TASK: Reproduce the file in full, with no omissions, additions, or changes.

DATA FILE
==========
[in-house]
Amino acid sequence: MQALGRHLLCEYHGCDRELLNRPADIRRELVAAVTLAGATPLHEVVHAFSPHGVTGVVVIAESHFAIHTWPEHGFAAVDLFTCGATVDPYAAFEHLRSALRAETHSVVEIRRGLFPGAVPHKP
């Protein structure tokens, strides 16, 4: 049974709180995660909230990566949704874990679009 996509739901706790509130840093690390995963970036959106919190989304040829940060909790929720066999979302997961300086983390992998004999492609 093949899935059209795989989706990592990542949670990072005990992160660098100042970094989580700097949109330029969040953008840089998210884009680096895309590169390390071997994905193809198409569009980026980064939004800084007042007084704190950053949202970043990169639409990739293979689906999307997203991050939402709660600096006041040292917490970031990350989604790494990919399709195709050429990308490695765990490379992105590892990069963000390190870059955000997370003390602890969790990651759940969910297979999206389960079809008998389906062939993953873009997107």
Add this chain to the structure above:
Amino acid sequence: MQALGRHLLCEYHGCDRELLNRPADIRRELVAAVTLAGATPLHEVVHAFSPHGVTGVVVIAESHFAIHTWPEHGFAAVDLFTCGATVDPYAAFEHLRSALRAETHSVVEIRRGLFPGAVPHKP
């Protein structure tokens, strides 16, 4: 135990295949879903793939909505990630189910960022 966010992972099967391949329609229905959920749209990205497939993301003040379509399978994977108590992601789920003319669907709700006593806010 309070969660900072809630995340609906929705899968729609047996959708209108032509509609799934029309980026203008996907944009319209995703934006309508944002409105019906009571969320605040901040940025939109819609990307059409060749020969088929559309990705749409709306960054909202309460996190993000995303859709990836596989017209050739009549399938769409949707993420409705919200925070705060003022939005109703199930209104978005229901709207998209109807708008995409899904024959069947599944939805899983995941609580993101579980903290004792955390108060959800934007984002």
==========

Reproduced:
[in-house]
Amino acid sequence: MQALGRHLLCEYHGCDRELLNRPADIRRELVAAVTLAGATPLHEVVHAFSPHGVTGVVVIAESHFAIHTWPEHGFAAVDLFTCGATVDPYAAFEHLRSALRAETHSVVEIRRGLFPGAVPHKP
């Protein structure tokens, strides 16, 4: 049974709180995660909230990566949704874990679009 996509739901706790509130840093690390995963970036959106919190989304040829940060909790929720066999979302997961300086983390992998004999492609 093949899935059209795989989706990592990542949670990072005990992160660098100042970094989580700097949109330029969040953008840089998210884009680096895309590169390390071997994905193809198409569009980026980064939004800084007042007084704190950053949202970043990169639409990739293979689906999307997203991050939402709660600096006041040292917490970031990350989604790494990919399709195709050429990308490695765990490379992105590892990069963000390190870059955000997370003390602890969790990651759940969910297979999206389960079809008998389906062939993953873009997107």
Add this chain to the structure above:
Amino acid sequence: MQALGRHLLCEYHGCDRELLNRPADIRRELVAAVTLAGATPLHEVVHAFSPHGVTGVVVIAESHFAIHTWPEHGFAAVDLFTCGATVDPYAAFEHLRSALRAETHSVVEIRRGLFPGAVPHKP
């Protein structure tokens, strides 16, 4: 135990295949879903793939909505990630189910960022 966010992972099967391949329609229905959920749209990205497939993301003040379509399978994977108590992601789920003319669907709700006593806010 309070969660900072809630995340609906929705899968729609047996959708209108032509509609799934029309980026203008996907944009319209995703934006309508944002409105019906009571969320605040901040940025939109819609990307059409060749020969088929559309990705749409709306960054909202309460996190993000995303859709990836596989017209050739009549399938769409949707993420409705919200925070705060003022939005109703199930209104978005229901709207998209109807708008995409899904024959069947599944939805899983995941609580993101579980903290004792955390108060959800934007984002």